MAY 13:

  • Happy birthday Bernadette Watts (Ugly Duckling).
  • It’s the birth date of Norma Klein (1938-1989), Mom, the Wolfman and Me.
  • In 1958, Velcro is trademarked. Read Mistakes that Worked by Charlotte Foltz Jones, illustrated by John O’Brien.
  • It’s Leprechaun Day. Read That’s What Leprechauns Do by Eve Bunting, illustrated by Emily Arnold McCully.

This week we celebrate Children’s Book Week, a great time to look at old classics and new favorites. A couple of years ago for Scholastic Book Clubs, I worked with more than twenty children’s book experts to identify the best books to include in their offerings. When we took our original ballot, before discussion, one book garnered the most votes, one I would not have predicted. The favorite of children’s book experts across the country: Amelia Bedelia!

Well, Amelia turned fifty in 2013 and was given a wonderful fiftieth anniversary edition that contained a good deal of archival material. Peggy Parish drew from her experience as a third grade teacher and the ways in which her students mixed up words. The hilarious housekeeper Amelia Bedelia and her literal interpretation of language were born over lunches with Peggy and her editor, Susan Hirschman.

In the first story of this classic saga of a loveable noodle head, Amelia follows a list of tasks on her first day of work as a maid. When told to draw the drapes, she sketches them; she measures two cups of rice with a tape measure; and she “dresses” the chicken—literally. Although she might have been fired at the end of this disastrous day, Amelia has a secret weapon: her lemon meringue pie. It tastes so good that she gets invited back for another day.

The humor of the book relies on the interplay between text and art. In the material in the afterword, readers learn that artist Fritz Siebel worked on the advertising campaign that brought Mr. Clean to the world. Siebel created his children’s books in the preseparated art era, hence the muted palate of the original title. For those who prefer a brighter rendition, the paperback I Can Read version has been colorized.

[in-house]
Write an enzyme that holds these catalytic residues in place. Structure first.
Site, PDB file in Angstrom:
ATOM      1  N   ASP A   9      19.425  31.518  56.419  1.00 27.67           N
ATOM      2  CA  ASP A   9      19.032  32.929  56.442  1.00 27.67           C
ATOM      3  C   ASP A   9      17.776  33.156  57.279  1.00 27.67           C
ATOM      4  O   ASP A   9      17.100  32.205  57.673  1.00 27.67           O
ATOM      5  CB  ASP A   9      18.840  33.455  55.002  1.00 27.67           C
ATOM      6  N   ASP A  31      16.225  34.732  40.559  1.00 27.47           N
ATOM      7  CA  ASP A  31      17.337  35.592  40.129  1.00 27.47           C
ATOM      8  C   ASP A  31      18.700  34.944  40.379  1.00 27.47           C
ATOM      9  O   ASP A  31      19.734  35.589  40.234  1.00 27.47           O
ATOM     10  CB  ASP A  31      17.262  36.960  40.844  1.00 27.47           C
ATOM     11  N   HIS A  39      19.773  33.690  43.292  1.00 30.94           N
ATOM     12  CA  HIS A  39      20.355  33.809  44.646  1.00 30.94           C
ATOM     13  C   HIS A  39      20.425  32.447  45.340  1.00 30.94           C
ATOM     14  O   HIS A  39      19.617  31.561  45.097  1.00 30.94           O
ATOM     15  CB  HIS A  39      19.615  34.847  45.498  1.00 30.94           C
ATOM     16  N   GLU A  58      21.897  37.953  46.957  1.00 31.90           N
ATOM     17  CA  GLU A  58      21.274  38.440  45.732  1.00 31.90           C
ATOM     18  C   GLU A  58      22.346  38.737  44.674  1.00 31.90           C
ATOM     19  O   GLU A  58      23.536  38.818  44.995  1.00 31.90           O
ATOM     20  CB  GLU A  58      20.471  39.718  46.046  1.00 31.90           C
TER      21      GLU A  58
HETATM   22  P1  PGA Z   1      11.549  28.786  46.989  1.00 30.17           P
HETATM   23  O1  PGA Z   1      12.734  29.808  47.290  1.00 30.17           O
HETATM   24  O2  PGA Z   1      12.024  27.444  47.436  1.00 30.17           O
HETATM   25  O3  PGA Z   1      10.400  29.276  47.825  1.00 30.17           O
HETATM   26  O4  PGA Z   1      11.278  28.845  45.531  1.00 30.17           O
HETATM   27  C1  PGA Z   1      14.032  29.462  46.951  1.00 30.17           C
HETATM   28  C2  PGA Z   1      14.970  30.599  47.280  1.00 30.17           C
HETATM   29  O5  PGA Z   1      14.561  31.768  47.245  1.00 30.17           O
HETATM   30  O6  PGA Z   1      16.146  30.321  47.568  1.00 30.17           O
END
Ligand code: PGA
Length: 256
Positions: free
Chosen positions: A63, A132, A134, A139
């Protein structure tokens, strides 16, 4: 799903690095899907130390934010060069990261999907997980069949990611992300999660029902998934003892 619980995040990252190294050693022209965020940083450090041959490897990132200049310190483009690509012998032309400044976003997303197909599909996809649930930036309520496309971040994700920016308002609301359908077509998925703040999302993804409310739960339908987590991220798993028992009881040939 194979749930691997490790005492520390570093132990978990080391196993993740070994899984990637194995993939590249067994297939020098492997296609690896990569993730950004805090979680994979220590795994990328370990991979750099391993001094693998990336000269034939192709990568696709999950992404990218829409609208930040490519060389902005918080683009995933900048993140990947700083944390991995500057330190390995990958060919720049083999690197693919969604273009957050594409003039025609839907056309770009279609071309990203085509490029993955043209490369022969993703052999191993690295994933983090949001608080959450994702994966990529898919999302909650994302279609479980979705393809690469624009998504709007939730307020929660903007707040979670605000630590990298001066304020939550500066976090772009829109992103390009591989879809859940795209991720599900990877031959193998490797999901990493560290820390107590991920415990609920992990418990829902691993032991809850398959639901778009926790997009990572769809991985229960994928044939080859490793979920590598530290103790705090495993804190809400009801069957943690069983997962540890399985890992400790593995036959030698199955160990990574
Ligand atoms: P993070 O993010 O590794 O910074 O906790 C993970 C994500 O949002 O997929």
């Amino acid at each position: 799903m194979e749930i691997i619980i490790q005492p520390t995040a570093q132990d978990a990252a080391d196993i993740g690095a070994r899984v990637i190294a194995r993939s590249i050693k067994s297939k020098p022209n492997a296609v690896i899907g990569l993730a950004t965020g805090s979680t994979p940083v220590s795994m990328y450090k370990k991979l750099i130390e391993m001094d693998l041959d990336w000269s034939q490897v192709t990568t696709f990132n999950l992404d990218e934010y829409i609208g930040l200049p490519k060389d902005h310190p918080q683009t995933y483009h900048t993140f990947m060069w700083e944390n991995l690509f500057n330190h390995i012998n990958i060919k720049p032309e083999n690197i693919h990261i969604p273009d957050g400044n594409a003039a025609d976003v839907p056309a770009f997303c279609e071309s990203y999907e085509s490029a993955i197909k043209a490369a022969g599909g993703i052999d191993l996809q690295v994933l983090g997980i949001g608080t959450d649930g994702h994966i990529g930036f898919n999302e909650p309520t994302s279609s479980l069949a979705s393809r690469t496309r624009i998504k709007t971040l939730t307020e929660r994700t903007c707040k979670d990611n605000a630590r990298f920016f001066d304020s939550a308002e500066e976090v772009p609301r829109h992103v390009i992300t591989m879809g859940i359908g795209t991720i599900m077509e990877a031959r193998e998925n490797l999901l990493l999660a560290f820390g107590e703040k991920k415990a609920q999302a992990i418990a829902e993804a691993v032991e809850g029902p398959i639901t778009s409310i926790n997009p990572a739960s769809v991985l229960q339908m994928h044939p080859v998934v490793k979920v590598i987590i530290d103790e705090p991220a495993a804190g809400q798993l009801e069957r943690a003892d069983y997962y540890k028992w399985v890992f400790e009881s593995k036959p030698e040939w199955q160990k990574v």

Amelia Bedelia appeared on the same 1963 Harper list as Where the Wild Things Are; both have been engaging children for fifty years. Children need to feel when they read books that they are smart. And no one makes them feel smarter than a character that is confused about language. What makes Amelia Bedelia such an attractive protagonist is the strength of her character. When she makes a mistake, she goes on. She remains positive and upbeat, no matter what happens. In the end she actually teaches children a lot about vocabulary, even while they are laughing at her silly mistakes.

Happy fiftieth birthday, Amelia Bedelia. Let’s all have some lemon meringue pie in your honor.

Here’s a page from Amelia Bedelia:


Amelia Bedelia inside


Originally posted May 13, 2013. Updated for .

Tags: Humor
Instructional materials from TeachingBooks.net for Amelia Bedelia


  1. McCourt says:

    Amelia Bedelia! She’s always so much fun and definitely stands the test of time. I read her books over and over as a child – funny how they didn’t lose their charm. Years ago, when I was a news producer, I was fortunate enough to have the talented Lynn Sweat (one of the subsequent and frequent illustrators of the series) as a guest on my show. He was so charming and gracious and did on the spot drawings of the news anchors and crew. I loved how excited the newsroom got about his appearance – almost everyone had loved Amelia Bedelia as a child and the affection lived on.

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